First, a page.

The Global Health Group's Malaria Elimination Initiative is leading multiple areas of research on malaria elimination: documenting national progress towards elimination, leading operational research to improve surveillance and response strategies for elimination, documenting innovative vector control methods, and researching the costs, benefits, and financing requirements and mechanisms for elimination and preventing reintroduction.
The Malaria Elimination Initiative has developed a malaria elimination country briefing for each of the 35 malaria-eliminating countries. The briefings are designed to be used by researchers, policy makers, donors, malaria programs and implementers, with the aim of providing information on a country's malaria history and elimination progress, and highlighting country specific successes and challenges. These briefings were generated in partnership with the national malaria programs and/or in-country partners of each of the malaria-eliminating countries.
In 2012, the Malaria Elimination Initiative partnered with the WHO to launch a Joint Case Study Series on Malaria Elimination. Comprehensive case studies were produced on Bhutan, Cape Verde, Malaysia, Mauritius, the Philippines, Reunion, Sri Lanka, Tunisia, Turkey, and Turkmenistan. The objective of this work is to build the evidence base to support intensification of malaria elimination as an important step in achieving international malaria targets. The Malaria Elimination Initiative is now analyzing the findings of these case studies to determine any commonalities or key findings across the different country settings.
The Malaria Elimination Initiative is testing new methods for quickly, cost-effectively and accurately detecting and preventing importation of malaria parasites in low-endemic settings. This policy-relevant research will help malaria-eliminating countries gain an accurate understanding of how much malaria infection exists, where it is located, which high-risk groups are contributing to sustained transmission, the origins of new cases, and strategies for preventing and controlling imported malaria. The Malaria Elimination's work on new surveillance strategies is being conducted with national malaria programs in Indonesia, Namibia, Swaziland, and Thailand.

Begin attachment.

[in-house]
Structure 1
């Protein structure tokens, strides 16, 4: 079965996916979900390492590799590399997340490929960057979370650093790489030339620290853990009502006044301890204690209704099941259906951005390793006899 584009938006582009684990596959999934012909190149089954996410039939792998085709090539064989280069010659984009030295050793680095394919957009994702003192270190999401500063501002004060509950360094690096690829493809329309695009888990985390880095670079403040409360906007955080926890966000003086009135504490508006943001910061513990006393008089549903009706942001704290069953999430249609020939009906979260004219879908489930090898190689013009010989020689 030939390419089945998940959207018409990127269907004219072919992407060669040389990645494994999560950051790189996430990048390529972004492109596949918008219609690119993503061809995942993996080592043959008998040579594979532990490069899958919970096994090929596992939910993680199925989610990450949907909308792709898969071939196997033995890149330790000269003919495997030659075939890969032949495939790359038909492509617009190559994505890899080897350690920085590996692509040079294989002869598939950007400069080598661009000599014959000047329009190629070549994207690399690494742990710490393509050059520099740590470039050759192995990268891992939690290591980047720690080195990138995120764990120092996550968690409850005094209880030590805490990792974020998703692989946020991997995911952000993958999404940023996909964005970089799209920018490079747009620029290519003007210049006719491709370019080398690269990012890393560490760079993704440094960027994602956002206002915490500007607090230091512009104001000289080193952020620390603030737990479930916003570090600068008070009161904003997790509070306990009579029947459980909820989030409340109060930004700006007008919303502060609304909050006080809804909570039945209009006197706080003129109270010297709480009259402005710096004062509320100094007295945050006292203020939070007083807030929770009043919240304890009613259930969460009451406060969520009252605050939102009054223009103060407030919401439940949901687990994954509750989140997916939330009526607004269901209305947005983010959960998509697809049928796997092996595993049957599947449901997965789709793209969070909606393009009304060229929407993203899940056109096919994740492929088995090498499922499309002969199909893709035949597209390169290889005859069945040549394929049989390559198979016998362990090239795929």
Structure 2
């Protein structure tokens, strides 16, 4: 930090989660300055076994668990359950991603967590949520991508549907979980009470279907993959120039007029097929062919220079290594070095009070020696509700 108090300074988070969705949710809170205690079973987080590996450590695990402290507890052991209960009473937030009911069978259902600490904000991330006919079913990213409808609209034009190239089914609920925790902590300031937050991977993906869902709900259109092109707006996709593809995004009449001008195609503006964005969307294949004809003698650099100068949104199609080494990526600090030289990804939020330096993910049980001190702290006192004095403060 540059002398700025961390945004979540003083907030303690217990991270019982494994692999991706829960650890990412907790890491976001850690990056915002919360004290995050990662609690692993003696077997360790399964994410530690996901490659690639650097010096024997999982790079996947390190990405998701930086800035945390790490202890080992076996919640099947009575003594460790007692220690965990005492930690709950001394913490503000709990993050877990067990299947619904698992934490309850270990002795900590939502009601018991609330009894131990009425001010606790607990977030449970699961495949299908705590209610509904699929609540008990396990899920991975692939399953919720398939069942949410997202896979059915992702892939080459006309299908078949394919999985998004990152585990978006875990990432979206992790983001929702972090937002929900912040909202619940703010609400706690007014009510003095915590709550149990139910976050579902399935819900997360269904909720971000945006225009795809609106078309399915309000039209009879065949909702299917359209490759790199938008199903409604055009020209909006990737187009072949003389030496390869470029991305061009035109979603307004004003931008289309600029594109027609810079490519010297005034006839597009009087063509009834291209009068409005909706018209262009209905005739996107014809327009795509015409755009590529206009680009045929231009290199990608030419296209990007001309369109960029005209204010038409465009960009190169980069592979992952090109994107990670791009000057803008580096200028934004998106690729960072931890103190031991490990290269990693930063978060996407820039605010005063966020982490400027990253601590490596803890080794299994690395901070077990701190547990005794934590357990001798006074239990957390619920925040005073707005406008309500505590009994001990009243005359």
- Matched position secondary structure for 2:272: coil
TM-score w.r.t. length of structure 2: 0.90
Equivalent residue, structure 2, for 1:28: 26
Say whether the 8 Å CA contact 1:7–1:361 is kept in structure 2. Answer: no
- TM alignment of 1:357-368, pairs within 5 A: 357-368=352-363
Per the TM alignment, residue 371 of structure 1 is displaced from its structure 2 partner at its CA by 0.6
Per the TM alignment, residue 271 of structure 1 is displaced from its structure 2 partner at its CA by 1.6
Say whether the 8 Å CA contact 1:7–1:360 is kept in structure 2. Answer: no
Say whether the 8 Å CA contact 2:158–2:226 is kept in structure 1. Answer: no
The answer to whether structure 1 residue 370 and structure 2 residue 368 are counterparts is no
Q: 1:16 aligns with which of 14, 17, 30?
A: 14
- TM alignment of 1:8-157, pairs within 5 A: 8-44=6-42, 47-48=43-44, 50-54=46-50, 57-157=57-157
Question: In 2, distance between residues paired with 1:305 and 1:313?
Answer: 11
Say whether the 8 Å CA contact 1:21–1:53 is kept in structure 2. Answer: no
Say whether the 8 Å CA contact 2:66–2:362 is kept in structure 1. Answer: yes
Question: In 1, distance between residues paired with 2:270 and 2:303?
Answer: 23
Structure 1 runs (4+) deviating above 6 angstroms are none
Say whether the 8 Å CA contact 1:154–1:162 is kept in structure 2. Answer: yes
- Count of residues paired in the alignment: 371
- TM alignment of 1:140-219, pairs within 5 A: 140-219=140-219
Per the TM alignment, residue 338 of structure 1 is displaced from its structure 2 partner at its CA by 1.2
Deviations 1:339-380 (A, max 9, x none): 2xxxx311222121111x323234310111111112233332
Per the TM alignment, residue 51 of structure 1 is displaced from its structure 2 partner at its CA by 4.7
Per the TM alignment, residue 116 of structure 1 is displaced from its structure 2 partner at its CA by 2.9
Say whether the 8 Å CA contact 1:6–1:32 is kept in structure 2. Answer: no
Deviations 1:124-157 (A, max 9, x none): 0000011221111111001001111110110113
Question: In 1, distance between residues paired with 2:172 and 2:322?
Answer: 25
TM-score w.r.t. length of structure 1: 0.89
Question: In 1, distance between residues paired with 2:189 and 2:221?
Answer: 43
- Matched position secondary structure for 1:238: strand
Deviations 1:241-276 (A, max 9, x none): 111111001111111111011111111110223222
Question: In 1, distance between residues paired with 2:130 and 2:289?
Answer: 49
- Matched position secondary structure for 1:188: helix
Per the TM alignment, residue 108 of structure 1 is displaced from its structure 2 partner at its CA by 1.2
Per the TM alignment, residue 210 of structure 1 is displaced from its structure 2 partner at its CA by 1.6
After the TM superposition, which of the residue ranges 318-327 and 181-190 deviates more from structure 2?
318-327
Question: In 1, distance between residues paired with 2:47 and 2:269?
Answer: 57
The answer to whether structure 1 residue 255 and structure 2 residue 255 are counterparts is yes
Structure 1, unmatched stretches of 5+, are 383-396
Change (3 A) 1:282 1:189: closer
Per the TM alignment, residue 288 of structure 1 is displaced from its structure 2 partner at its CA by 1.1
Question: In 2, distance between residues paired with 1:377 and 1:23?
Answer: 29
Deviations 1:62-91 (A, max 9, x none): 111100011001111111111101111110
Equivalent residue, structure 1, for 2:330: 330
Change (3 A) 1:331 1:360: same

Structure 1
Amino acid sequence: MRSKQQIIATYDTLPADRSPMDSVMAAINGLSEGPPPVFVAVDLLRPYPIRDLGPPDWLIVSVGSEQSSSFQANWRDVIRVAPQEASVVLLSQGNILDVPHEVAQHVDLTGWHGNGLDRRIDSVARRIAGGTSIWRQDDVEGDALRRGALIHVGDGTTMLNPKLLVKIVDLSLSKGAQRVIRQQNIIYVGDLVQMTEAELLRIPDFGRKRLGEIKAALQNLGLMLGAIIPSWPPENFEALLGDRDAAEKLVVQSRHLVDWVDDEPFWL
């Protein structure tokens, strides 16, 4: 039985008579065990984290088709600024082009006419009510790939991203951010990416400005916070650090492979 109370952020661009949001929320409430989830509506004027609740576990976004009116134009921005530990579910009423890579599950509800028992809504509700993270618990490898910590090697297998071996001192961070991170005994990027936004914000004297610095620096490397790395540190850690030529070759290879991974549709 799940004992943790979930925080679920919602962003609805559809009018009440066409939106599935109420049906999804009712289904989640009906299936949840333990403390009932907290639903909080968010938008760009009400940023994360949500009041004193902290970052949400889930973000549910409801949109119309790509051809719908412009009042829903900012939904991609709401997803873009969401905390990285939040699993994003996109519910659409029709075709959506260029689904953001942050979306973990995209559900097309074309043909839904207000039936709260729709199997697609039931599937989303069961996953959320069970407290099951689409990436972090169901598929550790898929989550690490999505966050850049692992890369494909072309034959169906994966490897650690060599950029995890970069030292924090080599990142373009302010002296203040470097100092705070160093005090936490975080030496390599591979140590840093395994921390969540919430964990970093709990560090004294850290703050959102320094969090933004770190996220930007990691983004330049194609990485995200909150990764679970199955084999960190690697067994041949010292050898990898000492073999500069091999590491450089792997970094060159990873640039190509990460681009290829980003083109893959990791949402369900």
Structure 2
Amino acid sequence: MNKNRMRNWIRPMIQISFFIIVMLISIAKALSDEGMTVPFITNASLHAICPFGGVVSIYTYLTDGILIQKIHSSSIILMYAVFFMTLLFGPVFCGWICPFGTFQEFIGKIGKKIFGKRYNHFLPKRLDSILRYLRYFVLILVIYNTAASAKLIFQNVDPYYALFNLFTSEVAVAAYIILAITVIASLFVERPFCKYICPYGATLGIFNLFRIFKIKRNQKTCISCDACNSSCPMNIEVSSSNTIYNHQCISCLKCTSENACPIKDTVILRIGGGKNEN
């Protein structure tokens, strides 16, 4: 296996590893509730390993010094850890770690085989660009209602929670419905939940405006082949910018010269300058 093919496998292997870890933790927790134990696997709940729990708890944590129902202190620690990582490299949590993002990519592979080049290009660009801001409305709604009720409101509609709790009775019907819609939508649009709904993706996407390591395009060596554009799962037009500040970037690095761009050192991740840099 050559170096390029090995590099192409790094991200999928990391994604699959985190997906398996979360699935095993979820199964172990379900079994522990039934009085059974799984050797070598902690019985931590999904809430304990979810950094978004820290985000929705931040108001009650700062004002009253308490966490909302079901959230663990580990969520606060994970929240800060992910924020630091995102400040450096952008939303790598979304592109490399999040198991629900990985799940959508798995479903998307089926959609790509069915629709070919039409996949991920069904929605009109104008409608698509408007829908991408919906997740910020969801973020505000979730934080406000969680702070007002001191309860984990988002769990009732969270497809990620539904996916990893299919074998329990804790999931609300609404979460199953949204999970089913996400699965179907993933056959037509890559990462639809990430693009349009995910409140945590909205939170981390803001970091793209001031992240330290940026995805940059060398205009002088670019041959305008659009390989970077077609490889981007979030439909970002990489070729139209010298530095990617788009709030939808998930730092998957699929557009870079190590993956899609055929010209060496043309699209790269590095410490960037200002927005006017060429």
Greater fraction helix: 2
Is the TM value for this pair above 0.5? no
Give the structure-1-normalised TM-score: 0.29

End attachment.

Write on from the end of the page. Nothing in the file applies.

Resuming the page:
The Malaria Elimination Initiative is initiating clinical trials to compare targeted parasite elimination (TPE, a form of focal mass drug administration) to reactive case detection (RACD, or screening and treatment) in settings of low malaria transmission. While RACD is useful in identifying asymptomatic infections and hotspots of transmission, it is logistically challenging and may miss low-density asymptomatic infections. TPE has the potential to be more feasible to implement and potentially more effective than RACD. These trials will take place in Swaziland and Namibia and are funded by the Bill & Melinda Gates Foundation and the Novartis Foundation.
The Malaria Elimination Initiative is conducting a clinical trial on the efficacy of the anti-malarial drug primaquine in malaria elimination settings. The study aims to provide evidence that adding a single low dose treatment of primaquine to artemisinin combination therapy (ACTs) can help reduce transmission of Plasmodium falciparum malaria and is currently underway at trial sites in Mali and Thailand. More information about Malaria Elimination Initiative's new primaquine trials can be found here.
The Malaria Elimination Initiative believes that bold new research and investment to identify and prioritize new and/or under-utilized effective vector control tools and approaches are urgently needed. The Malaria Elimination Initiative's research aims to gather and generate fresh evidence around vector control tools and strategies that go beyond nets and indoor insecticide spraying and have the potential to radically reduce malaria transmission by the Anopheles mosquito. This new evidence, combined with a thorough understanding of local vector bionomics and malaria epidemiology, will ultimately arm national malaria programs with a new awareness around innovative approaches that have potential to dramatically reduce malaria transmission and accelerate progress toward elimination.